Ok, so it does persist even after the script has ended. Having another condition would help with it not firing, but it would bog down the CPU if I run multiple scripts one after another in a single session. I guess I'm going to use return statements instead.

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12 hours ago, scimas said:

Ok, so it does persist even after the script has ended. Having another condition would help with it not firing, but it would bog down the CPU if I run multiple scripts one after another in a single session. I guess I'm going to use return statements instead.

Hmm, no. I have assumed that your script run in endless loop, like I usualy design my own scripts. If your script have finished and exited to terminal propmpt then when trigger is unloaded from memory and it is no longer active, regardless of used preserve keyword. When you start new script only new defined triggers are active. I'm not certain what is happening if you have multiple "run" calls for other scripts within one small script that just have run calls for other scripts in sequence, though. Easiest way to test it is to put writting some debug message on screen or terminal inside when trigger, to know what part of program is triggered.

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Is there a safe way to call Part:GetModule when I don't know if such module exists? I have basically to do this work twice: first to iterate through all the Part:Modules to find the one I need and then to request it via Part:GetModule; otherwise I risk getting an error. I wish there were Part:HasModule command or GetModule returned false or something if nothing was found.

Edited by garwel

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29 minutes ago, garwel said:

Is there a safe way to call Part:GetModule when I don't know if such module exists? I have basically to do this work twice: first to iterate through all the Part:Modules to find the one I need and then to request it via Part:GetModule; otherwise I risk getting an error. I wish there were Part:HasModule command or GetModule returned false or something if nothing was found.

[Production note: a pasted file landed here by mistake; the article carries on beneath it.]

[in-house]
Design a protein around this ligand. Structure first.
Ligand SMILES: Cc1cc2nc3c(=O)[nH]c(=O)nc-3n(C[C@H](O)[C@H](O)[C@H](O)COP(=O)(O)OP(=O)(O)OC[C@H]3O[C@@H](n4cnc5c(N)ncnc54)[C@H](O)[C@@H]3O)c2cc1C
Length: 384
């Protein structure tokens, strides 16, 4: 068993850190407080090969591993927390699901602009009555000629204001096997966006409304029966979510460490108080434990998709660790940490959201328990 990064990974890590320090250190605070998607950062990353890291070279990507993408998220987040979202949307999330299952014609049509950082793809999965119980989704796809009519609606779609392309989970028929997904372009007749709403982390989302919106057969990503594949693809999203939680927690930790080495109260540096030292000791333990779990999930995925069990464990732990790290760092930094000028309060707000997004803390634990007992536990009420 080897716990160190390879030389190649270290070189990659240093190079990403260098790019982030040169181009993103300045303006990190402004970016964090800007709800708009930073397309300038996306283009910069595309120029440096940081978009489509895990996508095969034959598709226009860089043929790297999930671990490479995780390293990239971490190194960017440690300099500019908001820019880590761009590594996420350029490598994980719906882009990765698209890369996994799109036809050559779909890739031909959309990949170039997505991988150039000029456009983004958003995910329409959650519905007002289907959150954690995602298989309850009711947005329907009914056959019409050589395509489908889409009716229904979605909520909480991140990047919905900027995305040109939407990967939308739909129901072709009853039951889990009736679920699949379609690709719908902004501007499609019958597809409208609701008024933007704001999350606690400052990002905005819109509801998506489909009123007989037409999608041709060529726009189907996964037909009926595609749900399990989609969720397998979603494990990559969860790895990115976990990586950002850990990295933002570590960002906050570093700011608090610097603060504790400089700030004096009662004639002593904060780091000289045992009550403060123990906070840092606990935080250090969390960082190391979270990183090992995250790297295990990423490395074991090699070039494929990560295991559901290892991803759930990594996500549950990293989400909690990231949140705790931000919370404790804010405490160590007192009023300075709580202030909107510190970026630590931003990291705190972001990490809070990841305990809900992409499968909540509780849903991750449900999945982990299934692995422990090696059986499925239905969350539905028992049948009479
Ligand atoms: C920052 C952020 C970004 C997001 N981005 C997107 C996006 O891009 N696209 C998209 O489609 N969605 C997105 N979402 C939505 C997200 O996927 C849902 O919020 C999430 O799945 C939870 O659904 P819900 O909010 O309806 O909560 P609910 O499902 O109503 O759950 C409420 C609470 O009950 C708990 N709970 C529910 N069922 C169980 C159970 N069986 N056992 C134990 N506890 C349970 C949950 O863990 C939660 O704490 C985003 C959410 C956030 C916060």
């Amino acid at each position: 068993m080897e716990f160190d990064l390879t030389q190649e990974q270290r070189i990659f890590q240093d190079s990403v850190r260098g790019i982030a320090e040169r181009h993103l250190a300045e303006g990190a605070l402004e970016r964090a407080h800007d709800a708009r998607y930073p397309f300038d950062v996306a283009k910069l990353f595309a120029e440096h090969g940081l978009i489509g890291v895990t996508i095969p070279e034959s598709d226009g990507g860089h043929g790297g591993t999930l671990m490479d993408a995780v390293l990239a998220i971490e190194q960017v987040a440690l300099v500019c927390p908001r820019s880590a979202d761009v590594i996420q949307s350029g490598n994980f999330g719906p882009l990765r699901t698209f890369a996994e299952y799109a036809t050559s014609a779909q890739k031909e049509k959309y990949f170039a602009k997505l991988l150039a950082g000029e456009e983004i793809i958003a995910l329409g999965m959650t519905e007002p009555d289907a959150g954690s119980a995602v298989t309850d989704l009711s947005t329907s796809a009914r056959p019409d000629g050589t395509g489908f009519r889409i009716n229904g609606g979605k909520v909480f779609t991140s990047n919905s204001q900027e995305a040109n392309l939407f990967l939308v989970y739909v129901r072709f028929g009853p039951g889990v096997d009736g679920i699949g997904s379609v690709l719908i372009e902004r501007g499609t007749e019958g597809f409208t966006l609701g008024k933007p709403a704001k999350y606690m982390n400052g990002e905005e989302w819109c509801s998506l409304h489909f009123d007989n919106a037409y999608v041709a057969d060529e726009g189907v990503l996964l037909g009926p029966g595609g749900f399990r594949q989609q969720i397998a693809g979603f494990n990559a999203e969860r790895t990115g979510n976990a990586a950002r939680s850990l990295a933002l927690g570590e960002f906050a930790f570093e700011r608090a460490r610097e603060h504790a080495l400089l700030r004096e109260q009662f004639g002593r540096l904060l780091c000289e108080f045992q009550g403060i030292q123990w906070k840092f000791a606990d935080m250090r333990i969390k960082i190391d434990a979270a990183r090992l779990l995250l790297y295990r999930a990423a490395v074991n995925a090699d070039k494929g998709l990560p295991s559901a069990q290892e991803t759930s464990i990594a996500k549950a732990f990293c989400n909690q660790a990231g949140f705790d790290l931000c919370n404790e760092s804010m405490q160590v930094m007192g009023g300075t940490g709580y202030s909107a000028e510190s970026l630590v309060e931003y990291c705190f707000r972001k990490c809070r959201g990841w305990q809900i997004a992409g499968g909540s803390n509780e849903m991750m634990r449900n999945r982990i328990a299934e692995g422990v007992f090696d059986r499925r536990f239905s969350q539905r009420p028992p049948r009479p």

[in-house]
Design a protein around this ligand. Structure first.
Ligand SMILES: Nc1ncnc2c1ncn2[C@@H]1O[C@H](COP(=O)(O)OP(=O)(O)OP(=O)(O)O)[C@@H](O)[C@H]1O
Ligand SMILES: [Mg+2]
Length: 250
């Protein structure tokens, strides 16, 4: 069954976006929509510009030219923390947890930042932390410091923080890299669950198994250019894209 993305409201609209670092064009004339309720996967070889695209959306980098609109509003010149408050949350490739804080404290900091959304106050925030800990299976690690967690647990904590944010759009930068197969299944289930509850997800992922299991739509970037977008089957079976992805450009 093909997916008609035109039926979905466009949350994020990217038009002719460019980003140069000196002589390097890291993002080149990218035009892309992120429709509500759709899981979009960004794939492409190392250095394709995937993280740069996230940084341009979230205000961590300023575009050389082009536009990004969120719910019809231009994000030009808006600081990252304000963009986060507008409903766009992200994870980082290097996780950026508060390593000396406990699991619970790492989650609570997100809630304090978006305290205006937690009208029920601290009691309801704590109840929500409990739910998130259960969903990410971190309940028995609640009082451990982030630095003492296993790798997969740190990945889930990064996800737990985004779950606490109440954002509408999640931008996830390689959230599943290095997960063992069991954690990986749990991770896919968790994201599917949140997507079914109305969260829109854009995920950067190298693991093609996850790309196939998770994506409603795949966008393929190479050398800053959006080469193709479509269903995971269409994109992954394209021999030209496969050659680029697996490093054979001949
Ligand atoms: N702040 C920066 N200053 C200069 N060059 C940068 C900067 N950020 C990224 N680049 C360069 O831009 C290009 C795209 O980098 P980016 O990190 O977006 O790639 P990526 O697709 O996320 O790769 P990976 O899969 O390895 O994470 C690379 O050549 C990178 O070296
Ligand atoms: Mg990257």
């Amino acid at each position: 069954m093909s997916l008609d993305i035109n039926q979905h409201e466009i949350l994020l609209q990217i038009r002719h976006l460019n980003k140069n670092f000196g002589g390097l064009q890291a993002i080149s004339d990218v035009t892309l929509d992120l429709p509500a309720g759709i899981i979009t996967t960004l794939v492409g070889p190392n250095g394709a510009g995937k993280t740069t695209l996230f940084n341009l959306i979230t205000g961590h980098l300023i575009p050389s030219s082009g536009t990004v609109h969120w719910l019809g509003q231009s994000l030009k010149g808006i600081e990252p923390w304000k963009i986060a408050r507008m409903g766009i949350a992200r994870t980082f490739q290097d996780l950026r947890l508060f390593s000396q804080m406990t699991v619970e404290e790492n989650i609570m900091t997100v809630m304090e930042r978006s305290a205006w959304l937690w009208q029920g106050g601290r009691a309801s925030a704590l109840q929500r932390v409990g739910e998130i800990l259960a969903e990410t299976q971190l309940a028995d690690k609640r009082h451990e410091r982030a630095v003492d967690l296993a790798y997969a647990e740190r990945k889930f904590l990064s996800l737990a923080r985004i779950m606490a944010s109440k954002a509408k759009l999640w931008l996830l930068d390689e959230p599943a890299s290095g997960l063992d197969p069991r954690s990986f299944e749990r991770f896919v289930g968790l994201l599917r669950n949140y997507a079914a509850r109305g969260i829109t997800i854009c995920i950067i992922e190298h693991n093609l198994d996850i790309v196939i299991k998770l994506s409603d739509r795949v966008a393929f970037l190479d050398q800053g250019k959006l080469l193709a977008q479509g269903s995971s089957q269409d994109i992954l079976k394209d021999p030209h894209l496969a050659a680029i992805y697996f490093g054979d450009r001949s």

As PART:MODULES is a list, you can use CONTAINS() instead of iterating yourself.

IF p:MODULES:CONTAINS(mn) {
LOCAL m IS p:GETMODULE(mn).

Where p is a part and mn is a module name (string).

Edit: yes a PART:HASMODULE() check would be a bit more obvious and save a few characters...

Edited by ElWanderer

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On 27.10.2017 at 4:20 PM, windystig said:

Okay, i may have been wrong, i do need someone to write the script because this nearly burned my brain out.  I sort of get the premise but think i'm in too deep. with no background in developing i think a shuttle launch may be too ambitious but is also all i need kOS for because i'm well into an ISS build that i want to complete.

I hate to ask but would a framework of the script be possible to get that i can then play around with numbers in? Or would that require seeing all of the script so far and the craft file of the shuttle i'm using?

ignore the experts.
simple scrips can do the same thing

you just need to know wer prograd is = 90 - vang(ship:velocity:surface,ship:up:vector).
do a lock steering to prograd+R(0,pitchup,0).
and chinge pitchup to keep prograde wer you want it
thers more then 1 way to do it.
PID is good and not hard but i dont allwise use it, simple if`s can do that too

p.s.

the PEGAS mentioned by Pand5461 is a KOS script for lunching a shutel. you can download it and use that too

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Is this a bug or intended behaviour? The resource values for a stage (STAGE:RESOURCES) are all zero unless the next stage has a decoupler. I'm running into a problem because of this.

The context is this: I'm placing a satellite in orbit. The stages are as follows (0 - upper engine, 1 - stack decoupler, 2 - fairings, 3 - lower engine). When I perform a 'STAGE' command on launch pad, the resources in the current stage are detected as zero . And yes, I am waiting a full second before I check for the resource values. My script is basically staging once (current stage 3) and then staging again (current stage 2) because of this.

Could someone confirm this either as bug or intended (and if its intended, I would appreciate if you tell me the reason too)? Thanks!